FOIL AO 19750
August 2, 2019
The staff of the Committee on Open Government is authorized to issue advisory opinions. The ensuing staff advisory opinion is based solely upon the information presented in your correspondence, except as otherwise indicated.
The Committee on Open Government recently received a copy of a Freedom of Information Law (FOIL) appeal determination authored by you relating to the fees the Department of Transportation (DOT) charges for the reproduction of records.
As you know, Mr. Williamson (the applicant for records) contacted our office and expressed concern that DOT was proposing a $50.00 fee to provide a copy of a particular data set. In response to Mr. Williamson’s inquiry, I wrote the following:
“Section 89(3)(a) states: "When an agency has the ability to retrieve or extract a record or data maintained in a computer storage system with reasonable effort, it shall be required to do so."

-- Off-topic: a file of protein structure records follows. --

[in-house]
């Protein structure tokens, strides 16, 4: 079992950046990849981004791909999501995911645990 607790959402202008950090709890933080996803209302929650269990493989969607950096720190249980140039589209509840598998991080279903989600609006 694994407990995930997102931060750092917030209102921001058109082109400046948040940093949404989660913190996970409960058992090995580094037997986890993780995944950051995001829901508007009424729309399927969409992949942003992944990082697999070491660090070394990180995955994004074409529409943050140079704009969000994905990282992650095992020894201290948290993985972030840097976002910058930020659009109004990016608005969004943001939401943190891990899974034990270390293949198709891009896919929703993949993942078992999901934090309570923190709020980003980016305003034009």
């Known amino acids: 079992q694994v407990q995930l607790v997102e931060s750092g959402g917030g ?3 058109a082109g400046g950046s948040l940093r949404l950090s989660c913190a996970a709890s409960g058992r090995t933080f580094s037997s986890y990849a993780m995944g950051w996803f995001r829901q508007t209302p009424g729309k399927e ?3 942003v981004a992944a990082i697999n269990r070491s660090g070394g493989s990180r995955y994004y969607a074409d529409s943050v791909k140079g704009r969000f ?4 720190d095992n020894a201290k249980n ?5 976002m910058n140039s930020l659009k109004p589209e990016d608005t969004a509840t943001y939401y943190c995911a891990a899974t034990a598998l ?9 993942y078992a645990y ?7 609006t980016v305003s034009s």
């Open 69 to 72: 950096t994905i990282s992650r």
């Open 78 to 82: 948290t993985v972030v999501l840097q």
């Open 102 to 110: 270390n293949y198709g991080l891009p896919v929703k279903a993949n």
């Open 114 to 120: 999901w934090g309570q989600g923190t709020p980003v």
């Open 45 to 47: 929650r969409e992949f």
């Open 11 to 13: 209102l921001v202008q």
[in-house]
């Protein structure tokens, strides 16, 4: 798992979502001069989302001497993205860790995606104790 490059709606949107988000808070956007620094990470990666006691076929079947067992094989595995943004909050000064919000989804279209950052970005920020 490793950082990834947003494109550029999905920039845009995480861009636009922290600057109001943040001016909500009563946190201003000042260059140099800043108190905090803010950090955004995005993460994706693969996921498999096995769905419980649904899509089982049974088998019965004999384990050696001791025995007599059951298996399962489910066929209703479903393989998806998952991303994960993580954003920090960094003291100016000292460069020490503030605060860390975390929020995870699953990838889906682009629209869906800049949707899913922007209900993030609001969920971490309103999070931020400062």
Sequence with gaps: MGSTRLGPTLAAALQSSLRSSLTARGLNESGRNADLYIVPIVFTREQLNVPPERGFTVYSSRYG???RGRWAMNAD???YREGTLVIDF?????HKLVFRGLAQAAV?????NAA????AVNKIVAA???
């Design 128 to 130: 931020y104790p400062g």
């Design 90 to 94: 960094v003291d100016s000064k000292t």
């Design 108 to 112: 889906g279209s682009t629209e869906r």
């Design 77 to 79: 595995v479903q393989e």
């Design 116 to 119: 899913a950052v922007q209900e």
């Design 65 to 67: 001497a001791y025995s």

If DOT maintains the records you seek and is able to extract the data from its database with reasonable efforts, it must do so and it would only be permitted to charge a fee as described in Section 87(1)(b)(iii) and 87(1)(c). In my opinion, it is unlikely that the $50 fee is permissible under the statute.”
FOIL and the regulations promulgated by the Committee on Open Government indicate that, absent statutory authority, an agency may charge fees only for the reproduction of records. Section 87(1)(b) of FOIL states:
"Each agency shall promulgate rules and regulations in conformance with this article...and pursuant to such general rules and regulations as may be promulgated by the committee on open government in conformity with the provisions of this article, pertaining to the availability of records and procedures to be followed, including, but not limited to...
iii. the fees for copies of records which shall not exceed twenty-five cents per photocopy not in excess of nine inches by fourteen inches, or the actual cost of reproducing any other record in accordance with the provisions of paragraph (c) of this subdivision, except when a different fee is otherwise prescribed by statute.” (emphasis is mine)